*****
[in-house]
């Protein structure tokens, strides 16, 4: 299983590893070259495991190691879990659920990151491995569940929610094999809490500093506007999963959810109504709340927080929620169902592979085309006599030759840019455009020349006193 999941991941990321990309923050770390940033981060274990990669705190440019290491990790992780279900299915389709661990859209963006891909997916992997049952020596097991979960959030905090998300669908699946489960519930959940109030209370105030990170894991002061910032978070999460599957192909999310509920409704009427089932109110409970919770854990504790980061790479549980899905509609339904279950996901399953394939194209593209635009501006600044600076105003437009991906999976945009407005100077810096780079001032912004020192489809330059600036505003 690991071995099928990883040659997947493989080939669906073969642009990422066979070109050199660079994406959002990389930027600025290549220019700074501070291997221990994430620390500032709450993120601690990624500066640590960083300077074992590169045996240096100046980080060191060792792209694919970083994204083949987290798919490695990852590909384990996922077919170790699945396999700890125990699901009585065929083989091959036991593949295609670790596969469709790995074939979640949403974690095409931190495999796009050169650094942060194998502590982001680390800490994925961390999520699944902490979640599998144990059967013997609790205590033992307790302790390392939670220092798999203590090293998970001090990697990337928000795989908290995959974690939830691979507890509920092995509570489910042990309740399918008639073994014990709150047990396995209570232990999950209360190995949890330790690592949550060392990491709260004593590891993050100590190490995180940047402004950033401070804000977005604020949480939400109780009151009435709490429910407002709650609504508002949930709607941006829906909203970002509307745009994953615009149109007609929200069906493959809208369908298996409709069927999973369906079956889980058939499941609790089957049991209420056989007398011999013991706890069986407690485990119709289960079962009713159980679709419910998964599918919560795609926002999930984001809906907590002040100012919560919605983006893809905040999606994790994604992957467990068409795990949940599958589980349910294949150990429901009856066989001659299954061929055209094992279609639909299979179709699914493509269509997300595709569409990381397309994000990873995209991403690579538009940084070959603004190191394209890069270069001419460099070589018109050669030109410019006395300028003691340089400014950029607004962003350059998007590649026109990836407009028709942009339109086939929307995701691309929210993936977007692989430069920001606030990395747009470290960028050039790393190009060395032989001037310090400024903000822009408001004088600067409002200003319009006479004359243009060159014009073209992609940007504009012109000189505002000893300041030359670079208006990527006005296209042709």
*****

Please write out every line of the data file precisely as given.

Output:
[in-house]
């Protein structure tokens, strides 16, 4: 299983590893070259495991190691879990659920990151491995569940929610094999809490500093506007999963959810109504709340927080929620169902592979085309006599030759840019455009020349006193 999941991941990321990309923050770390940033981060274990990669705190440019290491990790992780279900299915389709661990859209963006891909997916992997049952020596097991979960959030905090998300669908699946489960519930959940109030209370105030990170894991002061910032978070999460599957192909999310509920409704009427089932109110409970919770854990504790980061790479549980899905509609339904279950996901399953394939194209593209635009501006600044600076105003437009991906999976945009407005100077810096780079001032912004020192489809330059600036505003 690991071995099928990883040659997947493989080939669906073969642009990422066979070109050199660079994406959002990389930027600025290549220019700074501070291997221990994430620390500032709450993120601690990624500066640590960083300077074992590169045996240096100046980080060191060792792209694919970083994204083949987290798919490695990852590909384990996922077919170790699945396999700890125990699901009585065929083989091959036991593949295609670790596969469709790995074939979640949403974690095409931190495999796009050169650094942060194998502590982001680390800490994925961390999520699944902490979640599998144990059967013997609790205590033992307790302790390392939670220092798999203590090293998970001090990697990337928000795989908290995959974690939830691979507890509920092995509570489910042990309740399918008639073994014990709150047990396995209570232990999950209360190995949890330790690592949550060392990491709260004593590891993050100590190490995180940047402004950033401070804000977005604020949480939400109780009151009435709490429910407002709650609504508002949930709607941006829906909203970002509307745009994953615009149109007609929200069906493959809208369908298996409709069927999973369906079956889980058939499941609790089957049991209420056989007398011999013991706890069986407690485990119709289960079962009713159980679709419910998964599918919560795609926002999930984001809906907590002040100012919560919605983006893809905040999606994790994604992957467990068409795990949940599958589980349910294949150990429901009856066989001659299954061929055209094992279609639909299979179709699914493509269509997300595709569409990381397309994000990873995209991403690579538009940084070959603004190191394209890069270069001419460099070589018109050669030109410019006395300028003691340089400014950029607004962003350059998007590649026109990836407009028709942009339109086939929307995701691309929210993936977007692989430069920001606030990395747009470290960028050039790393190009060395032989001037310090400024903000822009408001004088600067409002200003319009006479004359243009060159014009073209992609940007504009012109000189505002000893300041030359670079208006990527006005296209042709």